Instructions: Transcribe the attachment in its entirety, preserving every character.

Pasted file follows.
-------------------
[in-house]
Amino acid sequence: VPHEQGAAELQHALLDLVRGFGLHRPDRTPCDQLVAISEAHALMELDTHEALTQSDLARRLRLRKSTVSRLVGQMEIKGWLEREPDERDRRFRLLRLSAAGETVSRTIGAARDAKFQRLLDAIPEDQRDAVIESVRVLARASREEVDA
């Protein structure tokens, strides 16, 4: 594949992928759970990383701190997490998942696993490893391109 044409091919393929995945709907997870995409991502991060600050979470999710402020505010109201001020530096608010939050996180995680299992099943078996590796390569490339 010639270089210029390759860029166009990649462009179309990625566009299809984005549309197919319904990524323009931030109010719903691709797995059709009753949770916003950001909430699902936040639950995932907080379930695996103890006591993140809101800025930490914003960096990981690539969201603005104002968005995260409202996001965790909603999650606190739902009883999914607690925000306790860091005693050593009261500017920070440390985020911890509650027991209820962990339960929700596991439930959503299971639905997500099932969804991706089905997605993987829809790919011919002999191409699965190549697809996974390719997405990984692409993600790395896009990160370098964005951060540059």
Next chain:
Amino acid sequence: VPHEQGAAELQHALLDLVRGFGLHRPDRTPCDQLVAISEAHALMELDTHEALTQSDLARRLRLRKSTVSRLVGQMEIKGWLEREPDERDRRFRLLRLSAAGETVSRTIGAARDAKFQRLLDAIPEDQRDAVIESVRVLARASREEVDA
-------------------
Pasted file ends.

[in-house]
Amino acid sequence: VPHEQGAAELQHALLDLVRGFGLHRPDRTPCDQLVAISEAHALMELDTHEALTQSDLARRLRLRKSTVSRLVGQMEIKGWLEREPDERDRRFRLLRLSAAGETVSRTIGAARDAKFQRLLDAIPEDQRDAVIESVRVLARASREEVDA
């Protein structure tokens, strides 16, 4: 594949992928759970990383701190997490998942696993490893391109 044409091919393929995945709907997870995409991502991060600050979470999710402020505010109201001020530096608010939050996180995680299992099943078996590796390569490339 010639270089210029390759860029166009990649462009179309990625566009299809984005549309197919319904990524323009931030109010719903691709797995059709009753949770916003950001909430699902936040639950995932907080379930695996103890006591993140809101800025930490914003960096990981690539969201603005104002968005995260409202996001965790909603999650606190739902009883999914607690925000306790860091005693050593009261500017920070440390985020911890509650027991209820962990339960929700596991439930959503299971639905997500099932969804991706089905997605993987829809790919011919002999191409699965190549697809996974390719997405990984692409993600790395896009990160370098964005951060540059």
Next chain:
Amino acid sequence: VPHEQGAAELQHALLDLVRGFGLHRPDRTPCDQLVAISEAHALMELDTHEALTQSDLARRLRLRKSTVSRLVGQMEIKGWLEREPDERDRRFRLLRLSAAGETVSRTIGAARDAKFQRLLDAIPEDQRDAVIESVRVLARASREEVDA